The researchers worked with the city of Binghamton to bring the community together around the rivers through activities such as concerts on the waterfront where local businesses and organizations make economic and social connections with community members. “We utilized those events to provide educational information about flood preparation and about the agencies and organizations that can help communities adapt,” Allred says. “And at the same time, events like these also allow people to meet others outside their usual social circles and form these important bridging ties.”
“The story of Black forest landowners in the Northeast has never been told ... It’s almost as if they’re invisible.”
The Needs of Minority Landowners
Allred’s research interests also include environmental and social justice issues, including a new project focused on minority landowners that is funded by the Cornell Rural Humanities Initiative from an award by the Andrew W. Mellon Foundation. For the project, Allred has joined with Paul Catanzaro from the University of Massachusetts, Kristina Ferrare of Cornell Cooperative Extension of Onondaga County, and the nonprofit Center for Northern Woodlands Education (CNWE). Starting in the summer of 2021, the researchers will be interviewing Black landowners in the Northeast who own forested land, to learn about their stewardship experiences. “We also want to understand what organizations have emerged to provide support for minority landowners, who have experienced land loss at a much higher rate than their white counterparts,” Allred says.
The researchers plan to produce an outreach report by the end of the year that will showcase the stories of the landowners. In addition, Northern Woodlands magazine, published by CNWE, has agreed to highlight two of the stories. “The story of Black forest landowners in the Northeast has never been told,” Allred says. “There are actually a lot of them, but it’s almost as if they’re invisible.”
Already, in their preliminary work, the researchers are seeing some differences in goals between minority and non-minority landowners. Minority landowners appear to have more interest in using their land for community purposes, such as providing solace for addiction recovery. “Our forestry education programs through extension aren’t geared toward that sort of thing, but maybe they should be,” Allred says. “There may be landowners who are interested in using their land in that way, so how can we support them reaching their goals?”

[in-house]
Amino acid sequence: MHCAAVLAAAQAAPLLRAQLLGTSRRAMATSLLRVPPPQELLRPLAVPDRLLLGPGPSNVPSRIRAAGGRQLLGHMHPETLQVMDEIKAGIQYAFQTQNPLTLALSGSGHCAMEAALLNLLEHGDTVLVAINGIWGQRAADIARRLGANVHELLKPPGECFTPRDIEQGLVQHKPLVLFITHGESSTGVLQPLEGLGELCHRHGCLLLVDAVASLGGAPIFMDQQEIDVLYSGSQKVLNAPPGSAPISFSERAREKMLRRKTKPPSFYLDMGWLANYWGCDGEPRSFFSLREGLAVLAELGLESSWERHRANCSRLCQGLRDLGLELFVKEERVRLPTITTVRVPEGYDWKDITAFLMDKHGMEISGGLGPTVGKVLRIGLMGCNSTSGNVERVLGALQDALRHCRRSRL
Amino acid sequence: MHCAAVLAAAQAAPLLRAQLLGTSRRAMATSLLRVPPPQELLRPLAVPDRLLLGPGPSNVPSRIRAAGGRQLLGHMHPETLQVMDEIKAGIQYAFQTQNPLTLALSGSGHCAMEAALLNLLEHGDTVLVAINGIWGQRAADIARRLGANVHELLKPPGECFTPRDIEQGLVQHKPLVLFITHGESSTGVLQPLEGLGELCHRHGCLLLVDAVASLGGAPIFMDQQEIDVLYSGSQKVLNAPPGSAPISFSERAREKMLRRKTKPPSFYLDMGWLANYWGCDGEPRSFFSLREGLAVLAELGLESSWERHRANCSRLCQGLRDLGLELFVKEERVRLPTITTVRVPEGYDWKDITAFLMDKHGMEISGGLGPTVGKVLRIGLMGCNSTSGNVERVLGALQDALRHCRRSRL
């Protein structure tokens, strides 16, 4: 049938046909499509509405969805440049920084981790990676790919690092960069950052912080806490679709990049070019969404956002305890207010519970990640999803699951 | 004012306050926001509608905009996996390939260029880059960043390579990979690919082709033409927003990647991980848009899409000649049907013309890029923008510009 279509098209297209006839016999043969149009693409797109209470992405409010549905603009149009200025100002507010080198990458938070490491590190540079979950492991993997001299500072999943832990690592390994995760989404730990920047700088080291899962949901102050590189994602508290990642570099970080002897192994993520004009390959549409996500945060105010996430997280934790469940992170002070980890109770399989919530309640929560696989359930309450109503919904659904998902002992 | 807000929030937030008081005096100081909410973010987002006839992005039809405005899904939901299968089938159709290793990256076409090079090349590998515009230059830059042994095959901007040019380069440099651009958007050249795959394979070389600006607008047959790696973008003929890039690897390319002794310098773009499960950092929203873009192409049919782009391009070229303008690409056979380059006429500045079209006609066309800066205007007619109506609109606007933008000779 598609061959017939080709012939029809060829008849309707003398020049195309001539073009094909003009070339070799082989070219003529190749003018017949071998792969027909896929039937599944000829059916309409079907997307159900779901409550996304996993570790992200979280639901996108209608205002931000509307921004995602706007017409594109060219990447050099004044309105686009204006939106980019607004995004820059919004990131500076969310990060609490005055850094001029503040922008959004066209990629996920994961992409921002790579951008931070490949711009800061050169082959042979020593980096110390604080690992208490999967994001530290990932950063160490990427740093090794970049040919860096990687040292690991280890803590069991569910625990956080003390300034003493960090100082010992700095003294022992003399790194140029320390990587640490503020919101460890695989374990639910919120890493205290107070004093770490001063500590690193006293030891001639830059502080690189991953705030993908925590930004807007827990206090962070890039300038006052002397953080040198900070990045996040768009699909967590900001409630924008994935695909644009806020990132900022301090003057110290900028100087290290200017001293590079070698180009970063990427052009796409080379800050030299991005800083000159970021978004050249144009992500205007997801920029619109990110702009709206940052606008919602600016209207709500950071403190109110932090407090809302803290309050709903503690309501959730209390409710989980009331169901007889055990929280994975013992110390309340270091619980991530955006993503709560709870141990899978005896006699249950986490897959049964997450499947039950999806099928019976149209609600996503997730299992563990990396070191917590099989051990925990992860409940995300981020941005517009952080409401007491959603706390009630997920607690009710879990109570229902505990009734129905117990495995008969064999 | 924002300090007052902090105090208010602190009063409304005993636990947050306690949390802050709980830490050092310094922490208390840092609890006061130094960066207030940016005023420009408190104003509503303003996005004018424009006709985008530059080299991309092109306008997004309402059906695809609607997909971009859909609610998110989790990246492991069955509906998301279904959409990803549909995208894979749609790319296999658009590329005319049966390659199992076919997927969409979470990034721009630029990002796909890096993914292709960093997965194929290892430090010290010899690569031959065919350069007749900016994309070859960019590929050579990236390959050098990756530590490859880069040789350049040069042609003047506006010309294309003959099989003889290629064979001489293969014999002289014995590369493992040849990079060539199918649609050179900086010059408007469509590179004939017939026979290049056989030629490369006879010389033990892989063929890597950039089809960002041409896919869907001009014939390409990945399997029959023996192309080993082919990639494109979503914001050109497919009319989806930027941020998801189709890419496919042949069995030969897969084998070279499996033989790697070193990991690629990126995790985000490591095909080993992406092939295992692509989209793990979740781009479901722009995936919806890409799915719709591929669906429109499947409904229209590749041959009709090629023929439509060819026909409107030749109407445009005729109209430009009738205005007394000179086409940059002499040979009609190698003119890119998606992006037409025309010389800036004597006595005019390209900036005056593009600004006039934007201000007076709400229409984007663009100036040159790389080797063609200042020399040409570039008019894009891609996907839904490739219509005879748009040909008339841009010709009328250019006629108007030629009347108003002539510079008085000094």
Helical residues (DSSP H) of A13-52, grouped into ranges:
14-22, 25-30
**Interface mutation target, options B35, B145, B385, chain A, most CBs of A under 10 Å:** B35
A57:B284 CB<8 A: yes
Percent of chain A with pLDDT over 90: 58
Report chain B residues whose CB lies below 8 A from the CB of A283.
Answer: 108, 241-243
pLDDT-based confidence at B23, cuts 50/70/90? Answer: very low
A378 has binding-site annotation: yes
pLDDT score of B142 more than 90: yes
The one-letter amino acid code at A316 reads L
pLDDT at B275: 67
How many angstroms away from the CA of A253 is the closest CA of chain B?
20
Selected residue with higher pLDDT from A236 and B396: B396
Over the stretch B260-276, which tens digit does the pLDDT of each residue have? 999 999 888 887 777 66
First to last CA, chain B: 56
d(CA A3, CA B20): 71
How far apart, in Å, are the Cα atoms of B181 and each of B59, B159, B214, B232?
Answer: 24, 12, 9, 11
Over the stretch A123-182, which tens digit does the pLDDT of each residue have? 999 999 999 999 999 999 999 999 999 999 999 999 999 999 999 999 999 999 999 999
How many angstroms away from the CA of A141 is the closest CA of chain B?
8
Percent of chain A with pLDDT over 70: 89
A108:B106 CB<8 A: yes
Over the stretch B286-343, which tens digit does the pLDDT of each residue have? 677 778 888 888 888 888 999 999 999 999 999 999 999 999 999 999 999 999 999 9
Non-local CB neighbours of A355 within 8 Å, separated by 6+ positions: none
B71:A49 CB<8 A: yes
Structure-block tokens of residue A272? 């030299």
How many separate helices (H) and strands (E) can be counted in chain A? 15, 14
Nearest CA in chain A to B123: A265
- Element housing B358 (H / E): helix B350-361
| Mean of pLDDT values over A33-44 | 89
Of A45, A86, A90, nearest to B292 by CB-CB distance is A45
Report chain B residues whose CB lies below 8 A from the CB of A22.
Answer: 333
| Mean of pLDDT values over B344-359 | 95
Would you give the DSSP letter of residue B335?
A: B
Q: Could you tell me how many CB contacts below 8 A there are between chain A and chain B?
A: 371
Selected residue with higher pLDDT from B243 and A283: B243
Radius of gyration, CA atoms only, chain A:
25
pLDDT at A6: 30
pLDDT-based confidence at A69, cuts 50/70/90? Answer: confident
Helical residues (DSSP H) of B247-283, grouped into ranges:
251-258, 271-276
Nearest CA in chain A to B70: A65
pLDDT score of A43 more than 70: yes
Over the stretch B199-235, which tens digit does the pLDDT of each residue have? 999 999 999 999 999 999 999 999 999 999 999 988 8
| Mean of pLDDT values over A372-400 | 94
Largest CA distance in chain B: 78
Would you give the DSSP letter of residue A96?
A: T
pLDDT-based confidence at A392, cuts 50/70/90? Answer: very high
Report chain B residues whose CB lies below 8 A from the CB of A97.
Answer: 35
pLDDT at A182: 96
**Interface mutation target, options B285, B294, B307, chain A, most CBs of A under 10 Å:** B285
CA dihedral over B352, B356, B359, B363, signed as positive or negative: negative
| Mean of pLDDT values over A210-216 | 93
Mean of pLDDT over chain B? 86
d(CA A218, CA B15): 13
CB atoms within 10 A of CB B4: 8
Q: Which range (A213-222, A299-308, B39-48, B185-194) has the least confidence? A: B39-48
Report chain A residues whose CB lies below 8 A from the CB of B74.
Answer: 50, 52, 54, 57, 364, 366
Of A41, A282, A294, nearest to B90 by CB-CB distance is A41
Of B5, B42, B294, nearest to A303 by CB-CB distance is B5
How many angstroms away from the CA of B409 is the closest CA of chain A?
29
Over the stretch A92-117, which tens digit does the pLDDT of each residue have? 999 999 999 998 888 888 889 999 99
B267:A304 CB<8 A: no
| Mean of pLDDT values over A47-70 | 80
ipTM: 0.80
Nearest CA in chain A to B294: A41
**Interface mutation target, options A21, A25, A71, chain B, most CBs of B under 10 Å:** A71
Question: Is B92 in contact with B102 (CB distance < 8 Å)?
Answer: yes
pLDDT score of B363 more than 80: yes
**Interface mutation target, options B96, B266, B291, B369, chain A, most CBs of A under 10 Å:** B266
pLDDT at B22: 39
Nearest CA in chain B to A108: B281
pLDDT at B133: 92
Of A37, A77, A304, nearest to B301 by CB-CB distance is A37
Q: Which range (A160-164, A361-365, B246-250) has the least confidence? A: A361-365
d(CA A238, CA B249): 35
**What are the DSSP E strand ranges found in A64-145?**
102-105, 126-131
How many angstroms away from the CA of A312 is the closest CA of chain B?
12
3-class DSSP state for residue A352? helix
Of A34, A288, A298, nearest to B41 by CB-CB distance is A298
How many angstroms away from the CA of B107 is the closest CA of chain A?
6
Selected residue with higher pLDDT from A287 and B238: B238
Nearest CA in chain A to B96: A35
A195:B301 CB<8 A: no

An Oral History of Uniontown
Applying her interests in yet another direction, Allred has also been carrying out a participatory oral history project in Uniontown, Alabama, which she plans to turn into a book. Uniontown is a mostly Black community of 1,800 located in Perry County, one of the epicenters of the Civil Rights Movement in the 1960s. In 2010, the town was chosen as the dumping grounds for 3 million cubic yards of coal ash loaded with arsenic, mercury, and other toxic chemicals.
“The waste management company that manages the landfill didn’t even cap the coal ash initially,” Allred says. “It was literally blowing in the wind, and eating the paint off of cars. When we spoke with the people living adjacent to the landfill, they told us about all kinds of health problems. And part of the story, too, is about how all the white communities refused to have this coal ash, but ultimately it was put in a Black community.”
As the situation in Uniontown illustrates, having environmental laws in place doesn’t guarantee social and environmental justice. “A lot of the time, it’s not the technical part of environmental issues we have trouble with,” Allred says. “It’s the social side, the policy, the community impact aspect. We have very strong regulations for these kinds of things, but a lot of the time there is not equal protection under the law. We have the technology to reduce emissions, for instance, but whether and how we actually apply it is often a political or social issue.”